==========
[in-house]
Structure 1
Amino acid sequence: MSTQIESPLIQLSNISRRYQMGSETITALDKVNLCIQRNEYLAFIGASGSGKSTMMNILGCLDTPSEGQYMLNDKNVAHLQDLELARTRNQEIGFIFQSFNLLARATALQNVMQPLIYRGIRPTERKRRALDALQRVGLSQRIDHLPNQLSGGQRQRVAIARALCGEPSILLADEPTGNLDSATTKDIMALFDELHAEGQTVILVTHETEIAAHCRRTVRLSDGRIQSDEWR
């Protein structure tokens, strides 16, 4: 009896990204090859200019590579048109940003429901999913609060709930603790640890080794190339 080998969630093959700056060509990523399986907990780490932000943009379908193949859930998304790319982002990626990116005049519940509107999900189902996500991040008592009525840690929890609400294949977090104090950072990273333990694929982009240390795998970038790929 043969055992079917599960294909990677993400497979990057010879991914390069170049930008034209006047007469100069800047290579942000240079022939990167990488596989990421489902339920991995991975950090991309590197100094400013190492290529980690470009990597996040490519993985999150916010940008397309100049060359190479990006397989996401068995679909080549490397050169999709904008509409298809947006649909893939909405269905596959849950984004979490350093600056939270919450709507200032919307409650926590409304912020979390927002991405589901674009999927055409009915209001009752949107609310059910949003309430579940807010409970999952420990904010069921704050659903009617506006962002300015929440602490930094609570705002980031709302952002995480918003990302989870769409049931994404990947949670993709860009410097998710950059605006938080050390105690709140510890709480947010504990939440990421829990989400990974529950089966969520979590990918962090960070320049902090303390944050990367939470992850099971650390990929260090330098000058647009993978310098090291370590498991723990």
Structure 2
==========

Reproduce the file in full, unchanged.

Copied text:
[in-house]
Structure 1
Amino acid sequence: MSTQIESPLIQLSNISRRYQMGSETITALDKVNLCIQRNEYLAFIGASGSGKSTMMNILGCLDTPSEGQYMLNDKNVAHLQDLELARTRNQEIGFIFQSFNLLARATALQNVMQPLIYRGIRPTERKRRALDALQRVGLSQRIDHLPNQLSGGQRQRVAIARALCGEPSILLADEPTGNLDSATTKDIMALFDELHAEGQTVILVTHETEIAAHCRRTVRLSDGRIQSDEWR
């Protein structure tokens, strides 16, 4: 009896990204090859200019590579048109940003429901999913609060709930603790640890080794190339 080998969630093959700056060509990523399986907990780490932000943009379908193949859930998304790319982002990626990116005049519940509107999900189902996500991040008592009525840690929890609400294949977090104090950072990273333990694929982009240390795998970038790929 043969055992079917599960294909990677993400497979990057010879991914390069170049930008034209006047007469100069800047290579942000240079022939990167990488596989990421489902339920991995991975950090991309590197100094400013190492290529980690470009990597996040490519993985999150916010940008397309100049060359190479990006397989996401068995679909080549490397050169999709904008509409298809947006649909893939909405269905596959849950984004979490350093600056939270919450709507200032919307409650926590409304912020979390927002991405589901674009999927055409009915209001009752949107609310059910949003309430579940807010409970999952420990904010069921704050659903009617506006962002300015929440602490930094609570705002980031709302952002995480918003990302989870769409049931994404990947949670993709860009410097998710950059605006938080050390105690709140510890709480947010504990939440990421829990989400990974529950089966969520979590990918962090960070320049902090303390944050990367939470992850099971650390990929260090330098000058647009993978310098090291370590498991723990």
Structure 2